In order to identify the factors that influence the oral health of Latino parents’ children, a qualitative research infrastructure consisting of focus groups with Latino parents was agreed upon. The research team of academics and the LCO members developed a semi-structured focus questionnaire to identify levels of understanding and beliefs concerning the etiology and prevention of caries, with an emphasis on determining how the parents perceived the importance of oral hygiene, sealants, fluoride and food choices, all of which are affected by social and cultural understanding [11]. Questions were also formulated to ascertain the barriers the parents believe impeded access to oral health services. All questions were piloted using a small focus group to ensure they were understandable and would elicit open discussion (Additional file 1).

Prior to recruitment of the parents for the focus groups, the protocol and supporting documents were approved by the Institutional Review Board (IRB) of Indiana University (IRB # 062-51). Parents were recruited using a two-stage process. First, the LCO identified recent attendees of La Plaza who they knew needed dental care. Second, advertisements describing the study were aired in Spanish on the community radio station (Radio Latina) asking interested persons to participate. Inclusion criteria were that individuals self-identified as being of Latino origin, were willing to provide written informed consent, were willing to participate in a focus group, and be a parent of a child who had received a dental examination in a parallel research study [12]. Potential panelists were excluded if they could not meet the inclusion criteria or were unable to be scheduled to participate in one of the focus groups.

Two moderators conducted eight focus groups over a 4-month period. All of the one-hour sessions were conducted in Spanish at La Plaza with 14–18 participants in each. Although the groups were larger than expected due to perceived issue importance, trained moderators assured all voices were heard, using techniques such as direct questioning, asking for differences of opinion, and encouraging participants to piggyback off of ideas [13]. A written verbatim transcript was made from an audio tape recording and written notes taken by the investigators. The transcripts were translated into English and reviewed to ensure they were complete and accurate. Participants completed a demographic questionnaire concerning their age, gender, duration of residence in the US, number and age(s) of their children, and employment status. Each participant received a small compensation.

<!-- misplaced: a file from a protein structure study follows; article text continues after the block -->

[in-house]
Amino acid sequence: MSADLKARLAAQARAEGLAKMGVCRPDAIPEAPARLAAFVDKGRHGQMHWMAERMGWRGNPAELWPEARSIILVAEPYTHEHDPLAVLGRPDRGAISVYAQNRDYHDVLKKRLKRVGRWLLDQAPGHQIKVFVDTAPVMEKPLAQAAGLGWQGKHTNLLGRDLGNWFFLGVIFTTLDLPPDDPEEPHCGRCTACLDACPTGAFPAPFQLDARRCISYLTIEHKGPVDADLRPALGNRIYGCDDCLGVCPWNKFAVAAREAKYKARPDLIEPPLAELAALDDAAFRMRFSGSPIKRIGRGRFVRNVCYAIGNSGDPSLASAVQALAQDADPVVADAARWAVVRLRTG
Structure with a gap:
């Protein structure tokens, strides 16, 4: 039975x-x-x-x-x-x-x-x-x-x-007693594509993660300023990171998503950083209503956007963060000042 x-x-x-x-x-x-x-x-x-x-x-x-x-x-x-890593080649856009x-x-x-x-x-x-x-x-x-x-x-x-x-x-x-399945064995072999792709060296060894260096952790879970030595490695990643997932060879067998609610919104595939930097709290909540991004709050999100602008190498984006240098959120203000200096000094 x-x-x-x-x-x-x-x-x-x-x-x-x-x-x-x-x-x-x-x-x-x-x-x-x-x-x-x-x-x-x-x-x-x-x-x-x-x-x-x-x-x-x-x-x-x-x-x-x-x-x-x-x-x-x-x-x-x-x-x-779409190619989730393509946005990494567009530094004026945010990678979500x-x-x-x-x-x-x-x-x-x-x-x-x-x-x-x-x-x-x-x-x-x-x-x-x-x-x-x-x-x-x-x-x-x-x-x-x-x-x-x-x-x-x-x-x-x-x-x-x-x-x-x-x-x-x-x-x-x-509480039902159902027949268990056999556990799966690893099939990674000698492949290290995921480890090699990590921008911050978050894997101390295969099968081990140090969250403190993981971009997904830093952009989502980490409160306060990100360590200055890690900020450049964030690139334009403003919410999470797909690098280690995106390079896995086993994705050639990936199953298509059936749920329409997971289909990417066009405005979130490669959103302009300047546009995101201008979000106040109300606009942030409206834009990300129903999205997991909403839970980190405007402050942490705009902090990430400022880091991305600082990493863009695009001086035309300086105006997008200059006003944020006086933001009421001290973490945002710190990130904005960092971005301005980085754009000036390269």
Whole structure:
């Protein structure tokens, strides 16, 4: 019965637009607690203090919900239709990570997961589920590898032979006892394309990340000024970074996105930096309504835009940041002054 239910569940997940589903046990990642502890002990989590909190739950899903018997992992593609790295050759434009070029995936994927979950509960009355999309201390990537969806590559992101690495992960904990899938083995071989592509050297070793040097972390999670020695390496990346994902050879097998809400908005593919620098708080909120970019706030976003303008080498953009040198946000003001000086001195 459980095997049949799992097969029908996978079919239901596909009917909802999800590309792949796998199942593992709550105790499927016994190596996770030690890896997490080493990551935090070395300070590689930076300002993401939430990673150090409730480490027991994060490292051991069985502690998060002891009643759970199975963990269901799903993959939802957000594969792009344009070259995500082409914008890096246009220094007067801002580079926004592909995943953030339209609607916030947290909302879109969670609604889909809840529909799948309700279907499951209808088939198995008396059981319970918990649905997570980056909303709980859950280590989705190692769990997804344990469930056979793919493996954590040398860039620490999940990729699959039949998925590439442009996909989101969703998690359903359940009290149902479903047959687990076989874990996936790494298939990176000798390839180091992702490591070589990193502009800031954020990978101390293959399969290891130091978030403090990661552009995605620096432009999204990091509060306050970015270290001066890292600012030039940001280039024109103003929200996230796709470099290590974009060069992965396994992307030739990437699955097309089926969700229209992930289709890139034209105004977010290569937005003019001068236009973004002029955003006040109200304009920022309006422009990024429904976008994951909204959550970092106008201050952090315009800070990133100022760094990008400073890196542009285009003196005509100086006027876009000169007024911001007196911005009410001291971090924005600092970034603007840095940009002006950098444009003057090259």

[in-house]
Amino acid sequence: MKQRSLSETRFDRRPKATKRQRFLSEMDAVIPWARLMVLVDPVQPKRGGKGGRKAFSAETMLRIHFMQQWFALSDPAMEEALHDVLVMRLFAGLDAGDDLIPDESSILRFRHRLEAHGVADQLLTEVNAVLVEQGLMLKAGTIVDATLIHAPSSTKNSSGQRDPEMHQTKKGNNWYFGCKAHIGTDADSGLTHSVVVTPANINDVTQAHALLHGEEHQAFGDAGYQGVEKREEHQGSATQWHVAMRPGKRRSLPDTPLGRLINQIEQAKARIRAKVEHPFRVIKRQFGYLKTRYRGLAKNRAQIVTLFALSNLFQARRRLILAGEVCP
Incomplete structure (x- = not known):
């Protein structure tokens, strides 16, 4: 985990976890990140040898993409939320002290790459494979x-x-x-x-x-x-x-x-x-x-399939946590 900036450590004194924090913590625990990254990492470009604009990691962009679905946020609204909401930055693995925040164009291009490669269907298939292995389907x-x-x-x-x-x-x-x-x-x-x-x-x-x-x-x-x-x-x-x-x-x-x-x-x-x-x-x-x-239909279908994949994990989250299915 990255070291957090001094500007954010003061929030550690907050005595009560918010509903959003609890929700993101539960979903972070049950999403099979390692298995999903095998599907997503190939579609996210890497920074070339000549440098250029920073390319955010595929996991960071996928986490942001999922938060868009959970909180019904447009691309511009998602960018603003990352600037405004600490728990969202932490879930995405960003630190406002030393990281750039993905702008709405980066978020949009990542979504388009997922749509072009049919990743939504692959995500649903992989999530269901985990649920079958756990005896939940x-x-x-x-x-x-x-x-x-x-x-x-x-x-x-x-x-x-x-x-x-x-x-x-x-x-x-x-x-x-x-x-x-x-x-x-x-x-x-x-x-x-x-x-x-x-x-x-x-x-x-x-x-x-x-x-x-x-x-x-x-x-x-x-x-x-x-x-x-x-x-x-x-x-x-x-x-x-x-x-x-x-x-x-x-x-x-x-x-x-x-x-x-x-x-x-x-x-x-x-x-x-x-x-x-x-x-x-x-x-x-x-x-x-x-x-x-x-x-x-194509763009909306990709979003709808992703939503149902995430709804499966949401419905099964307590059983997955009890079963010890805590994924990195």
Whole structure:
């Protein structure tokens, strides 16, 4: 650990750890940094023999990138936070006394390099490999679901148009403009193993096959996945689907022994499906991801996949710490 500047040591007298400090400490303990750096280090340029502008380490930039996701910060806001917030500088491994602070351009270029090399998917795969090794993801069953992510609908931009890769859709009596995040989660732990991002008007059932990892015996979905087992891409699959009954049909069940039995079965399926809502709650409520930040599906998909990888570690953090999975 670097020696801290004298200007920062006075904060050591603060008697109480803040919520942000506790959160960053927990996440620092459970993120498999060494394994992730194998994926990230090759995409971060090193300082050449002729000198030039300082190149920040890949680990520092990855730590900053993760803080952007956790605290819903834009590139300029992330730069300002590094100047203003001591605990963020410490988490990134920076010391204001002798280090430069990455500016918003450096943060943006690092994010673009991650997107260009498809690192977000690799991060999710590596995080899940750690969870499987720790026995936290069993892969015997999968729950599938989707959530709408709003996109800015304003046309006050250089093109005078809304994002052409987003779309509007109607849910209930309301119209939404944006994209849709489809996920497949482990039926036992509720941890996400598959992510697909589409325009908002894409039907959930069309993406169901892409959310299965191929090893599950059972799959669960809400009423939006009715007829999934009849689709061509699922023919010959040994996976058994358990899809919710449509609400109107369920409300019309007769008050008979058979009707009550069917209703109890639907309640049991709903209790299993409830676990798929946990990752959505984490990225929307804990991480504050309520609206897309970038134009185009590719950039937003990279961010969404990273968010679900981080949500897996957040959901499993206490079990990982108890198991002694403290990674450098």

Two researchers collaboratively coded the data together using the constant comparative method to uncover themes related to the parents’ perceptions of the aforementioned knowledge, beliefs, and barriers. Constant comparison analysis is especially relevant when multiple focus groups are used within the same study. In constant comparison analysis, data are analyzed by individual group, allowing the researcher to assess if themes that emerged from one group also emerged from other groups. Thus, researchers can test the themes and determine when theoretical saturation occurs (e.g. the point in which no new conceptual insights are generated, evidencing justification for conceptual categories) [14]. Constant comparison is considered a form of triangulation that improves reliability because the views and experiences of respondents are continuously compared for consistency [13]. Reliability was also ensured in this study with the use of multiple coders, review and agreement of coding results by La Plaza team members, and feedback loops, whereby the moderator feeds back what has been learned into the questions asked [13].

Results

Demographic characteristics

There were 130 participants; (100 Female, 30 Male) ranging in age from 18 to 54 with the majority being 24–34 years-of-age. All were low SES, based upon their screening for La Plaza services, which requires families to have income below the federal poverty level (See Federal Poverty Guidelines). (See Table 1 for demographics and example of corresponding quotes).
Table 1

Demographics and associated quote examples

Gender

 

 Male

30

 

 Female

100

 

Gender total

130

 

Age

 

 18–23

31

 

 24–34

68

 

 35–44

19

 

 45–54

12

 

Age total

130

 

Employed

 

 Yes

60

 

 No

70

 

Total employment

130

 

Reside in U.S.

 

 1–2 years

3

 

 3–6 years

10

 

 + 6 years

117

 

Total reside in U.S.

130